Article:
However, oral appliances are not for everyone, and they may not be as effective as CPAP for more severe cases of sleep apnea, so it’s important to discuss your treatment options with Dr. Campbell or Dr. Sparks to determine the best course of action. If you don’t respond well to oral appliance therapy, or need more aggressive treatment Dr. Campbell and Dr. Sparks can also refer you to other specialists as required.

Treat Your Sleep Apnea with Oral Appliance Therapy from Norman Smile Center

Good quality sleep is essential for your health and well-being. If you suffer from poor sleep as a result of obstructive sleep apnea or struggle with CPAP compliance, oral appliance therapy can help you sleep and feel better. Oral appliance therapy is a safe, effective, and convenient treatment option for sleep apnea that can improve your sleep quality, reduce snoring, and decrease the risk of serious health complications associated with sleep apnea.

Oral appliance therapy is often covered by most dental insurance plans, but if you don’t have insurance or if for some reason your plan does not cover it, Norman Smile Center can help with affordable payment and financing options so you can get the care you need for the healthier life you deserve.


Obstructive sleep apnea can only be diagnosed by a certified sleep specialist, usually through a sleep study or other extensive evaluation. However, OSA presents several common signs and symptoms that could indicate you or a loved one has the condition but has not yet been diagnosed, such as:

  • Loud snoring
  • Periods throughout the night during which you stop breathing completely
  • Irritability
  • Gasping for air while you sleep 
  • Difficulty staying asleep or excessive daytime sleepiness
  • Difficulty paying attention when awake
  • Waking with a dry mouth or headache

Oral appliance therapy is an effective treatment option for many people with mild to moderate sleep apnea who can’t or don’t want to use continuous positive airway pressure (CPAP) therapy. Oral appliances are also a good choice for people who have tried CPAP but have difficulty using it consistently.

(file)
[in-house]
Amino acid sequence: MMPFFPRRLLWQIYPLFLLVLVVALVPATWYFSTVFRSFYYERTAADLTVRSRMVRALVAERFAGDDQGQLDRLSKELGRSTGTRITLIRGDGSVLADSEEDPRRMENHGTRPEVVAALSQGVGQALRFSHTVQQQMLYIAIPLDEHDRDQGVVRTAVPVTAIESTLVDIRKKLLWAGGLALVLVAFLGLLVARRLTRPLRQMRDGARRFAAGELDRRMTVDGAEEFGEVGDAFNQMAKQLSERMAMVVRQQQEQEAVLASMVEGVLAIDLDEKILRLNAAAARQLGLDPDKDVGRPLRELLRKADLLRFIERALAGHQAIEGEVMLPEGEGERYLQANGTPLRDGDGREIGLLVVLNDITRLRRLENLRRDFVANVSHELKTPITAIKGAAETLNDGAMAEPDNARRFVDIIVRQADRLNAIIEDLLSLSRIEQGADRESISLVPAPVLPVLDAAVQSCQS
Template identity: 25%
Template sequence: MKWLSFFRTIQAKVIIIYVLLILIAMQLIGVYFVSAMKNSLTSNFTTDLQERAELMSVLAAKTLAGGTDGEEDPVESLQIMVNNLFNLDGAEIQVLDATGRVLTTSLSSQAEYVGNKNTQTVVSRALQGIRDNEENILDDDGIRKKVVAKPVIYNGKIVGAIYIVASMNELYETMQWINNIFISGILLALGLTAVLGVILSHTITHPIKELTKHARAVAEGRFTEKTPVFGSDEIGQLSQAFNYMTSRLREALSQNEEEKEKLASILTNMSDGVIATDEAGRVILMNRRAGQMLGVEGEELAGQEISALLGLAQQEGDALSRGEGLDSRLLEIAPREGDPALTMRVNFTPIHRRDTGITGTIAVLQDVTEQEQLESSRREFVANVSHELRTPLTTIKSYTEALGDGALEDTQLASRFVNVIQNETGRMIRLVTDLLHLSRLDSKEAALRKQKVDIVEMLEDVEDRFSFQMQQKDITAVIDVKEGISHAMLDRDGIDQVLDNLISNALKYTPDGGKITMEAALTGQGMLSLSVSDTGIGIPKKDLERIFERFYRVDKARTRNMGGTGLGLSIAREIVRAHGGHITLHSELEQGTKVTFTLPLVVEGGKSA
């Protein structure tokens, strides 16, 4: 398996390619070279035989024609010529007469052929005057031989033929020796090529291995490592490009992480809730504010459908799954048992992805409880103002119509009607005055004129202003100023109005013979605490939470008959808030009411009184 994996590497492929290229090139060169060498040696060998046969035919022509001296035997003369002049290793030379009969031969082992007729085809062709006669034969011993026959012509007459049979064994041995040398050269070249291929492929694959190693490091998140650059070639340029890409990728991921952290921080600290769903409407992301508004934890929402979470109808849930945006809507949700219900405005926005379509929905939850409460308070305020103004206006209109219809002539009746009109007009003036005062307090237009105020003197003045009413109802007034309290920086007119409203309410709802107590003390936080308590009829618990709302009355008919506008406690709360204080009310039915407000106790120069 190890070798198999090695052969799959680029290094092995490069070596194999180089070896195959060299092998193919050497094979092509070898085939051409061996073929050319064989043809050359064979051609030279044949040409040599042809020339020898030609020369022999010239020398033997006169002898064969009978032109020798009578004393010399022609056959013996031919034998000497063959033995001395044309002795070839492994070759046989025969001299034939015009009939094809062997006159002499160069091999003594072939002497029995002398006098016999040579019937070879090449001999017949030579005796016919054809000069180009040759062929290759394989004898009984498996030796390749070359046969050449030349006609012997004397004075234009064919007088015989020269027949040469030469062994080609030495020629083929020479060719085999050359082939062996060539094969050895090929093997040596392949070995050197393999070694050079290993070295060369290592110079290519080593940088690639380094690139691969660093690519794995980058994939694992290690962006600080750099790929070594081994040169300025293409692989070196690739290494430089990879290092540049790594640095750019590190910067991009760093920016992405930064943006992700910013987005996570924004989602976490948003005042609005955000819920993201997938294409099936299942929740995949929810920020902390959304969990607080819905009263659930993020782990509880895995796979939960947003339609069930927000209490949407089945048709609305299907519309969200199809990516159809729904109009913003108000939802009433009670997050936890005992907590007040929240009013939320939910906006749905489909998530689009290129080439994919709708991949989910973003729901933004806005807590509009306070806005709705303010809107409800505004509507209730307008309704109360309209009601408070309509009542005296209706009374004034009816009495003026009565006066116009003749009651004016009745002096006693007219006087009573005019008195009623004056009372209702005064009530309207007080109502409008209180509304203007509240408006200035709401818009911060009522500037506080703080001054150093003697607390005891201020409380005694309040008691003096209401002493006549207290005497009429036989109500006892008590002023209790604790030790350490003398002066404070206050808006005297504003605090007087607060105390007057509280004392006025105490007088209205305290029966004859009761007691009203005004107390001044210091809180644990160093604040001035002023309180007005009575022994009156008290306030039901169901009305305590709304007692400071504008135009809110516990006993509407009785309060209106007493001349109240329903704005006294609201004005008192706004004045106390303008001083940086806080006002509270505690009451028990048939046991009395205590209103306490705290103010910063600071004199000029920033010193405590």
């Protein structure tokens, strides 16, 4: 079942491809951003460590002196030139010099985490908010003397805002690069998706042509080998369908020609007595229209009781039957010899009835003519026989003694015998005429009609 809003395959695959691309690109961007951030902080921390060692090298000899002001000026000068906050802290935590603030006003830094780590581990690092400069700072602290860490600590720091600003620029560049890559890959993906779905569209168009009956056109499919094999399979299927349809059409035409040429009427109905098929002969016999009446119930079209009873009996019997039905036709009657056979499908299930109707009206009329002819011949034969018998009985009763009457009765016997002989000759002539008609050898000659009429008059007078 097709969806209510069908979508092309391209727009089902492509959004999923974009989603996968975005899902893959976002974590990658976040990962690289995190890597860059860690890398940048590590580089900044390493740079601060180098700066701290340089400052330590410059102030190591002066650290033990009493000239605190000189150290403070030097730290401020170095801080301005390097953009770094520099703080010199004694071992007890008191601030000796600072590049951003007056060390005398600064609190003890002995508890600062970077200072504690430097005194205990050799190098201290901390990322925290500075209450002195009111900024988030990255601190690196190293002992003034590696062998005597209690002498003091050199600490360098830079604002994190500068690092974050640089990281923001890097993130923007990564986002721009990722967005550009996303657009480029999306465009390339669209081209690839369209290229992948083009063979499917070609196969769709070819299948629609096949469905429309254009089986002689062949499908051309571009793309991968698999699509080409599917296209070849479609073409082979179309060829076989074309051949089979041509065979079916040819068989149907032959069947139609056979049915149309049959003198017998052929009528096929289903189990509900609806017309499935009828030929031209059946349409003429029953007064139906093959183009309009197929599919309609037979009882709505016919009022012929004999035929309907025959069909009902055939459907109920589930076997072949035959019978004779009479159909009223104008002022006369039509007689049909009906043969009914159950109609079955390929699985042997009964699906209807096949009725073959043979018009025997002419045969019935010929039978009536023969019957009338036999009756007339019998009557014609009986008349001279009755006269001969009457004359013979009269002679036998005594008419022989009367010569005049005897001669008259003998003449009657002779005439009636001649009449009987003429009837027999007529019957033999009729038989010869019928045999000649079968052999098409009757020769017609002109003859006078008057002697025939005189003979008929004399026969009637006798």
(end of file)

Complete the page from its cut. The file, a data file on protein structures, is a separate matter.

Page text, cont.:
In addition to being portable and convenient, oral appliances can be more comfortable and easier to both wear and clean than CPAP machines. They are custom-made from soft, flexible materials to slip easily in and out of your mouth without putting any additional pressure or strain on your face, jaw, or teeth.

However, it is important to note that oral appliances may not be suitable for everyone or as effective as CPAP therapy for more severe cases of sleep apnea, and they should always be used under the guidance of a qualified dental professional. If you are prescribed an oral appliance for sleep apnea, Dr. Campbell and Dr. Sparks will continue to monitor your health and symptoms to ensure the treatment is working as it should. If you are not responding well to oral appliance therapy, they can also provide guidance for other alternatives and refer you to additional specialists for more intensive treatment options.

The two most commonly used oral appliances for treating OSA are tongue-retaining devices or mouthpieces and mandibular advancement devices.

Tongue-retaining mouthpieces. These appliances fit around the tongue, holding it in place with light suction and keeping it from falling back into the airway.

Mandibular advancement devices. Mandibular advancement devices (MADs) work by slightly repositioning the lower jaw during sleep to open the airway and prevent the soft tissues in the throat from collapsing. This allows for more consistent and uninterrupted breathing. MADs may also be referred to as mandibular advancement splints or mandibular repositioning appliances.

One type of MAD is a traditional single-piece device that fits over the upper and lower teeth—much like athletic mouth guards—and holds the jaw in a forward position. This type of MAD is made of hard acrylic and can be adjusted to ensure a comfortable fit.

Another type of MAD is a two-piece device that is designed to allow some movement between the upper and lower jaw while sleeping. It is made of soft, flexible materials like silicone or thermoplastic resin, but it can also be made of hard acrylic like the one-piece MAD.

Regardless of the type, it’s important to use an FDA-approved oral appliance prescribed by a dental professional like Dr. Campbell or Dr. Sparks to ensure the device’s safety and effectiveness.